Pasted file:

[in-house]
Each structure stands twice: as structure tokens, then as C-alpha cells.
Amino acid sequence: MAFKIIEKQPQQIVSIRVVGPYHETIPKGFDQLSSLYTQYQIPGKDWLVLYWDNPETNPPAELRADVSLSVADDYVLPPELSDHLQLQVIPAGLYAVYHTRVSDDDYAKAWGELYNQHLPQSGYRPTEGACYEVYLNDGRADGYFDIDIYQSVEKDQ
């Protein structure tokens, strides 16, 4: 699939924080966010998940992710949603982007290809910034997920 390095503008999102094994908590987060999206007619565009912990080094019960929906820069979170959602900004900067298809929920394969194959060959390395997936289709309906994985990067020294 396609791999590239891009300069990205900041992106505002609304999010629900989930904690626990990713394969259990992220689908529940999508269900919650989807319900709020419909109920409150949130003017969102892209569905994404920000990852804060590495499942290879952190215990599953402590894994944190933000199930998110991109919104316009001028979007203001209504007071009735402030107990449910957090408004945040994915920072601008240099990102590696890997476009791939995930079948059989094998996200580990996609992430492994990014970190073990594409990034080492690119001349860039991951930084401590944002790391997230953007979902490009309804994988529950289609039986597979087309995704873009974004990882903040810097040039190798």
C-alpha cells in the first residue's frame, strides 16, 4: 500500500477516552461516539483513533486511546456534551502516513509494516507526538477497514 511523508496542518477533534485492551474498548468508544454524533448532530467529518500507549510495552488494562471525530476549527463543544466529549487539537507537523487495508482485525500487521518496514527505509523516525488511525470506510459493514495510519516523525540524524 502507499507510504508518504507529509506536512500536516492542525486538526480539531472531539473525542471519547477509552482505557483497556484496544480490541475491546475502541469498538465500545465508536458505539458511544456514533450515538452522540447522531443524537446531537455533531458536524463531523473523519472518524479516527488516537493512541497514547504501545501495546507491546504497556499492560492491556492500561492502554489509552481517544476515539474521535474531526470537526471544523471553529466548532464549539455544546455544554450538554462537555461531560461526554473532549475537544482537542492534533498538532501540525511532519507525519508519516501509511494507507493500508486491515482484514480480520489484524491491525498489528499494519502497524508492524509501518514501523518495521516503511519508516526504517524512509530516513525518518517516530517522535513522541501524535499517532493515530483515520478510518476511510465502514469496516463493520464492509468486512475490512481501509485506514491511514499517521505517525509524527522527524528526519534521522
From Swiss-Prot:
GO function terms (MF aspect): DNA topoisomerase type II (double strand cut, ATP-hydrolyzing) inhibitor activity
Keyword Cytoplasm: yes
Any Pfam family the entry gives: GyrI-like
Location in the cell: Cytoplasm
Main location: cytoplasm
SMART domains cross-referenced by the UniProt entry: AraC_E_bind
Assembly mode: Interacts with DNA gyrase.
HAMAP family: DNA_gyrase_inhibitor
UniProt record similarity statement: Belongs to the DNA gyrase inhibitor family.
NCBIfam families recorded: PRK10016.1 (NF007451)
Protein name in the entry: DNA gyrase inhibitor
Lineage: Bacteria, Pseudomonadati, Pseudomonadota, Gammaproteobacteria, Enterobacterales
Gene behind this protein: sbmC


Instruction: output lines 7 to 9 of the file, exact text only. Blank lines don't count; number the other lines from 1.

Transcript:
GO function terms (MF aspect): DNA topoisomerase type II (double strand cut, ATP-hydrolyzing) inhibitor activity
Keyword Cytoplasm: yes
Any Pfam family the entry gives: GyrI-like